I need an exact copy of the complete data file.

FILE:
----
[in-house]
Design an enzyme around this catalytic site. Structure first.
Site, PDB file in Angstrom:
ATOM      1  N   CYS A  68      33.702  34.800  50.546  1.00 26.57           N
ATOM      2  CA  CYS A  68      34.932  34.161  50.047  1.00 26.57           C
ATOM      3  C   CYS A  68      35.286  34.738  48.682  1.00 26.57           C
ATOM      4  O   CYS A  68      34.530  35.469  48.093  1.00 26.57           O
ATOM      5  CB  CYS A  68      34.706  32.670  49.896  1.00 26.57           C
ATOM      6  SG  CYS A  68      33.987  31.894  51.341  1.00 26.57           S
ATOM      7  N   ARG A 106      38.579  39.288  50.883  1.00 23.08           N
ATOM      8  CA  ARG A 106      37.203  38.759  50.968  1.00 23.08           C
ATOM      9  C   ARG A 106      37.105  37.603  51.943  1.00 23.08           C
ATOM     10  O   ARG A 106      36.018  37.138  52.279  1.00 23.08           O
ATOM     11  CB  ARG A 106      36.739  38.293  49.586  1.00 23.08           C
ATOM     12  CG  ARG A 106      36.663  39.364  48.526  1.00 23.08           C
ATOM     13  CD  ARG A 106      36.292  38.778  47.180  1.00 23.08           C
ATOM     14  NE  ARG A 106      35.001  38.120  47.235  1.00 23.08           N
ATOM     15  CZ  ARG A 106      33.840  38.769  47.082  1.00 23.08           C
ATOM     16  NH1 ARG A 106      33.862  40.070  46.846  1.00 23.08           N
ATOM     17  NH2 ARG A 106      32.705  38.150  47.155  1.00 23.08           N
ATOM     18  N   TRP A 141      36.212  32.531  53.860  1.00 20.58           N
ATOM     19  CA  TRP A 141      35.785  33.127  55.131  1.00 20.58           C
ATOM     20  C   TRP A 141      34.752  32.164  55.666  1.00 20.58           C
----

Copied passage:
[in-house]
Design an enzyme around this catalytic site. Structure first.
Site, PDB file in Angstrom:
ATOM      1  N   CYS A  68      33.702  34.800  50.546  1.00 26.57           N
ATOM      2  CA  CYS A  68      34.932  34.161  50.047  1.00 26.57           C
ATOM      3  C   CYS A  68      35.286  34.738  48.682  1.00 26.57           C
ATOM      4  O   CYS A  68      34.530  35.469  48.093  1.00 26.57           O
ATOM      5  CB  CYS A  68      34.706  32.670  49.896  1.00 26.57           C
ATOM      6  SG  CYS A  68      33.987  31.894  51.341  1.00 26.57           S
ATOM      7  N   ARG A 106      38.579  39.288  50.883  1.00 23.08           N
ATOM      8  CA  ARG A 106      37.203  38.759  50.968  1.00 23.08           C
ATOM      9  C   ARG A 106      37.105  37.603  51.943  1.00 23.08           C
ATOM     10  O   ARG A 106      36.018  37.138  52.279  1.00 23.08           O
ATOM     11  CB  ARG A 106      36.739  38.293  49.586  1.00 23.08           C
ATOM     12  CG  ARG A 106      36.663  39.364  48.526  1.00 23.08           C
ATOM     13  CD  ARG A 106      36.292  38.778  47.180  1.00 23.08           C
ATOM     14  NE  ARG A 106      35.001  38.120  47.235  1.00 23.08           N
ATOM     15  CZ  ARG A 106      33.840  38.769  47.082  1.00 23.08           C
ATOM     16  NH1 ARG A 106      33.862  40.070  46.846  1.00 23.08           N
ATOM     17  NH2 ARG A 106      32.705  38.150  47.155  1.00 23.08           N
ATOM     18  N   TRP A 141      36.212  32.531  53.860  1.00 20.58           N
ATOM     19  CA  TRP A 141      35.785  33.127  55.131  1.00 20.58           C
ATOM     20  C   TRP A 141      34.752  32.164  55.666  1.00 20.58           C